Thursday, April 11, 2013

Apple defeats Samsung in California claim construction battle on all patents but one SEP

In the second California litigation between Apple and Samsung, which has a trial date in 2014, the outcome will probably be similar as the one of the trial held last summer. At the claim construction stage Apple is on the winning track -- to a near-complete extent that is rarely seen in disputes involving two players of this nature and stature but less surprising when considering that one of the two parties has already been found to have deliberately copied inventions made by the other.

Late on Wednesday, Judge Lucy Koh issued a claim construction order relating to four of Apple's and three of Samsung's patents-in-suit. Here's the order (this post continues below the document):

13-04-10 Apple v. Samsung Claim Construction Order

Claim construction means that the court defines how certain terms appearing in the asserted claims must be properly understood. Any (non-)infringement and (in)validity contentions are later evaluated against the background of the court-determined claim construction. For example, the court's constructions are also provided to the jury, with the instruction to use them.

I have analyzed the order in detail. Here's a summary:

  • Apple prevailed on each and every disputed term in its own four patents, with the court in each case adopting Apple's proposed construction without any modification. Apple's related patents are U.S. Patent No. 5,666,502 on a "graphical user interface using historical lists with field classes" (which in Judge Koh's words "aims to provide solutions to improve the speed and efficiency of data entry into user interface fields"), U.S. Patent No. 5,946,647 on a "system and method for performing an action on a structure in computer-generated data" (the famous "data tapping" patent, which Apple successfully enforced against HTC and which Judge Koh already found Samsung to be likely to infringe in a preliminary injunction decision concerning the Galaxy Nexus, with injunctive relief being denied for equitable reasons), U.S. Patent No. 7,761,414 on "asynchronous data synchronization amongst devices", and U.S. Patent No. 8,014,760 on "missed telephone call management for a portable multifunction device".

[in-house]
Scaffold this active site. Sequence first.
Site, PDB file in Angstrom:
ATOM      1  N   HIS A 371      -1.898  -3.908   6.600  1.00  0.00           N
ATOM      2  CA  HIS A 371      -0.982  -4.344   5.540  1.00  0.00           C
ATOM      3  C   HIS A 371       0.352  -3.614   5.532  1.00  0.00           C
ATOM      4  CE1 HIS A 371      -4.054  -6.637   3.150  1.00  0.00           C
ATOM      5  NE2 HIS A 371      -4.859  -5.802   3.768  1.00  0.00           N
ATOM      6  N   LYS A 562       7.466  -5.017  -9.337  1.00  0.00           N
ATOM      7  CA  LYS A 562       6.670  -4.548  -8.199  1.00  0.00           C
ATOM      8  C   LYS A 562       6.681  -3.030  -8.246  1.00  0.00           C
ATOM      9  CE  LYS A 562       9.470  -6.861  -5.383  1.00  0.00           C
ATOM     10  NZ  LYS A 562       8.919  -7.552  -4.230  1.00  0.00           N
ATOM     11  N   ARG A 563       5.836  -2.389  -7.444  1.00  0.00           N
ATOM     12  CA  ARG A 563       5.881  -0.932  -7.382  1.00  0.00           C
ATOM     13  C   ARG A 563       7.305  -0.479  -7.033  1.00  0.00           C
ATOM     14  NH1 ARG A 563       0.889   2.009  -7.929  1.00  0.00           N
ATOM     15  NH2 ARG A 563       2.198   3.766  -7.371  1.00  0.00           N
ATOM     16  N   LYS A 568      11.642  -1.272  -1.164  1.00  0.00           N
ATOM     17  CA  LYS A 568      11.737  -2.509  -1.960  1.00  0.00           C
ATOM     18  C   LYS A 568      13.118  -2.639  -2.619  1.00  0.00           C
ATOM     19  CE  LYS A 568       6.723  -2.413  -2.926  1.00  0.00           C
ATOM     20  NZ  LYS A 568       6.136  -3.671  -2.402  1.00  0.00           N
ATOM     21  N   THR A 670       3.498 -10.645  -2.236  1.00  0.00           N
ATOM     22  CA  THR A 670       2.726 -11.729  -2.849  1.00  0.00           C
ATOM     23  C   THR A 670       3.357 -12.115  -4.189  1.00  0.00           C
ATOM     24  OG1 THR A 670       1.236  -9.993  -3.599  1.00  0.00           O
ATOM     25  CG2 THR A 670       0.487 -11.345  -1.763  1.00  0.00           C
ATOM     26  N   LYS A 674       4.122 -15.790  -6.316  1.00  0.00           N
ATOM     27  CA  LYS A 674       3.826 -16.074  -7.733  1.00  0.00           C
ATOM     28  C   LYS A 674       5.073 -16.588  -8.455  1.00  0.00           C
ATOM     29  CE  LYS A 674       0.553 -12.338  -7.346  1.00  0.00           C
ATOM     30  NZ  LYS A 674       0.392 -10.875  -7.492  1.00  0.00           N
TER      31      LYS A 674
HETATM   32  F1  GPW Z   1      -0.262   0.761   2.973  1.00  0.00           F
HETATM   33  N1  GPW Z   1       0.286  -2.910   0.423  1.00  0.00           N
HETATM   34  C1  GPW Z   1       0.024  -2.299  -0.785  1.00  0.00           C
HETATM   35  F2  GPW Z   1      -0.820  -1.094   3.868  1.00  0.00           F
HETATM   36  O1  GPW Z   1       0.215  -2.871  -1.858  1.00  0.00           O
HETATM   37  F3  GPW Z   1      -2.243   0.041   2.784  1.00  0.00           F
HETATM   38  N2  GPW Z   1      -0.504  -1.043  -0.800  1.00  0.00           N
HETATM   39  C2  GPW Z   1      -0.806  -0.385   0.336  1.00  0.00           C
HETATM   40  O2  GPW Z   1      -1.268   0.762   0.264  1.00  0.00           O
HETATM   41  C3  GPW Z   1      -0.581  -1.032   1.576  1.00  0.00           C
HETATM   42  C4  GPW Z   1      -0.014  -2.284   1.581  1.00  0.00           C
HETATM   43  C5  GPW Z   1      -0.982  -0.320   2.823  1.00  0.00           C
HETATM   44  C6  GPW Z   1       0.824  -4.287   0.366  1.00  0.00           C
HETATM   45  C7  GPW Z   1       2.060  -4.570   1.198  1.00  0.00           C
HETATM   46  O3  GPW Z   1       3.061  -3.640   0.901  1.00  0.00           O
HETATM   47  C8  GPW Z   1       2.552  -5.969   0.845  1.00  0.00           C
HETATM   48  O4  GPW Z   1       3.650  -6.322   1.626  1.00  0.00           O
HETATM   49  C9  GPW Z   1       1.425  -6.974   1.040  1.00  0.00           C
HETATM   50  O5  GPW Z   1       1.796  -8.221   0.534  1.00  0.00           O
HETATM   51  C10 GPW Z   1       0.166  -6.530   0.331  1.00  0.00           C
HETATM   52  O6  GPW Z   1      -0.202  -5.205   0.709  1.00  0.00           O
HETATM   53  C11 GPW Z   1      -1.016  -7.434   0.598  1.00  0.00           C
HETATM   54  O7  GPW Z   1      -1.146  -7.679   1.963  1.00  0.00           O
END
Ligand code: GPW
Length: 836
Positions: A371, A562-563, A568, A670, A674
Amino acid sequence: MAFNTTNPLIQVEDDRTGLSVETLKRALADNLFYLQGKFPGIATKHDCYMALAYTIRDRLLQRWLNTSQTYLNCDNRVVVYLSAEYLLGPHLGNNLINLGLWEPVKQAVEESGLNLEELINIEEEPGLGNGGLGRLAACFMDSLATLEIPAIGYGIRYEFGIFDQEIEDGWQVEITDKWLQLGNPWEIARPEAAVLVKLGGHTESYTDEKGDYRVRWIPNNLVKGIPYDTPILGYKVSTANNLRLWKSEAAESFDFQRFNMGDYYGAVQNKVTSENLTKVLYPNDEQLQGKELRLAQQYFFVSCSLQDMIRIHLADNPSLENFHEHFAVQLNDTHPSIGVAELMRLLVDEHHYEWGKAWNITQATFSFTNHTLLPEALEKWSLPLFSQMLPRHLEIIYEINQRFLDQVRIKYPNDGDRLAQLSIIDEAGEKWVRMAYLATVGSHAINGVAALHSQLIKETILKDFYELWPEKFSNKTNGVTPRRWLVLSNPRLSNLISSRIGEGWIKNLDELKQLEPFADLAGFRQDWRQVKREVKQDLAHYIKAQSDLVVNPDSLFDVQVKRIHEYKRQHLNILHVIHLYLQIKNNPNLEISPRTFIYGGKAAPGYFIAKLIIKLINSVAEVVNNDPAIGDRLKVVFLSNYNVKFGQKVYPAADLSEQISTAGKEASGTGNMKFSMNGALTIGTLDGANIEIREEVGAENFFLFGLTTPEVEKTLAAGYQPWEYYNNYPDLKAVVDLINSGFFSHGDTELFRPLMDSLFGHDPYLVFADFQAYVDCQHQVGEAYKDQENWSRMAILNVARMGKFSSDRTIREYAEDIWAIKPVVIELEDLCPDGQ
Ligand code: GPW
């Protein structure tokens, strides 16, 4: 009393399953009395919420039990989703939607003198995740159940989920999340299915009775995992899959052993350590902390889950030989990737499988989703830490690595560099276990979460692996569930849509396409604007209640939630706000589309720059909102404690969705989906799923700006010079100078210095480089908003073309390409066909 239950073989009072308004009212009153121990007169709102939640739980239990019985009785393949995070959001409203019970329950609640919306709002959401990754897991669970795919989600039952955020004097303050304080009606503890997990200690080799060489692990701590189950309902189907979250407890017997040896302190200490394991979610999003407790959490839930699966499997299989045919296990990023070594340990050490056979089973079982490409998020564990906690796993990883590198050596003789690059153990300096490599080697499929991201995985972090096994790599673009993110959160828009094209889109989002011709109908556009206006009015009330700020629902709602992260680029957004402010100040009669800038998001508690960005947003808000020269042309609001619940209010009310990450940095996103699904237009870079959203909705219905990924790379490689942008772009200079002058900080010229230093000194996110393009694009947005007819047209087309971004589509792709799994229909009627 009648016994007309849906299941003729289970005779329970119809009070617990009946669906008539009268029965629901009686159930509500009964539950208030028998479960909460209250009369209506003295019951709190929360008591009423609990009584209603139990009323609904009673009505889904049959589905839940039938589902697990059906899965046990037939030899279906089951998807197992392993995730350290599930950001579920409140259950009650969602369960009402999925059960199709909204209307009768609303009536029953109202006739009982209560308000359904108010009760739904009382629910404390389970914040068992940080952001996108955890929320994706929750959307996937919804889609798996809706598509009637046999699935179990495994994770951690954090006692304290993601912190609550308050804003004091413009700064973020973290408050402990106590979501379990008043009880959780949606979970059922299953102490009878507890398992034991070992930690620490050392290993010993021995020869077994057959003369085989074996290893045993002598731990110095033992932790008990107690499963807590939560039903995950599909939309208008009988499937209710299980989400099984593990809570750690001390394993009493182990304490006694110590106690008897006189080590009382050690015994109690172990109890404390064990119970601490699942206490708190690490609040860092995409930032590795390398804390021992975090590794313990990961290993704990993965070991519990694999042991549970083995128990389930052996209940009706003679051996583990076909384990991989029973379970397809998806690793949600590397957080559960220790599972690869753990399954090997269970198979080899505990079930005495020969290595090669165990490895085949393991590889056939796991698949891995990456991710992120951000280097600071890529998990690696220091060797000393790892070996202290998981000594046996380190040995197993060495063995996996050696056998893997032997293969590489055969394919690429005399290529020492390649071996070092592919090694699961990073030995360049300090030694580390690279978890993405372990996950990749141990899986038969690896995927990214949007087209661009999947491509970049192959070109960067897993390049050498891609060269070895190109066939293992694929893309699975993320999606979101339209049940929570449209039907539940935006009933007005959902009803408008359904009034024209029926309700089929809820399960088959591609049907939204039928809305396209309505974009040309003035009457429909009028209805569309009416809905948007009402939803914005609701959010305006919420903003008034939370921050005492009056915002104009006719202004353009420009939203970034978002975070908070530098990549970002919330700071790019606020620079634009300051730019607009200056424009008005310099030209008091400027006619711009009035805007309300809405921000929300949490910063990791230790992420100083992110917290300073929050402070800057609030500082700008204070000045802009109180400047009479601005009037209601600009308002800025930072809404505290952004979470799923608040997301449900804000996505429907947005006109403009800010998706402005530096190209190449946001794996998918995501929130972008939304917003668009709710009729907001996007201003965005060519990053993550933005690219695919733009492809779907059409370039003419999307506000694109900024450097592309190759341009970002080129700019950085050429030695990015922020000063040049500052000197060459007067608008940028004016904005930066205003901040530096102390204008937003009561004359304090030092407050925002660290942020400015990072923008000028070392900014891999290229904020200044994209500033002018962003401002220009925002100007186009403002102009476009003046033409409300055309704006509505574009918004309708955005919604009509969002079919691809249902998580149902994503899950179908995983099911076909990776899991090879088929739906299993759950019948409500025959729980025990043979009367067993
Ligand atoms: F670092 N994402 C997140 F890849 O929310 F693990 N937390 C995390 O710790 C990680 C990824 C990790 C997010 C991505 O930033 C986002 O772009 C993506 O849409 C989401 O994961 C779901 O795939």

Samsung consistently tried to narrow the scope of the claims in order to have a better basis for disputing infringement, while defendants sometimes also seek to broaden them with a view to invalidation. These efforts on Samsung's part were all rejected by the court because they weren't supported by the patent specifications, prosecution history, or extrinsic evidence. As a result, Samsung will face an uphill battle at next year's jury trial when disputing infringement.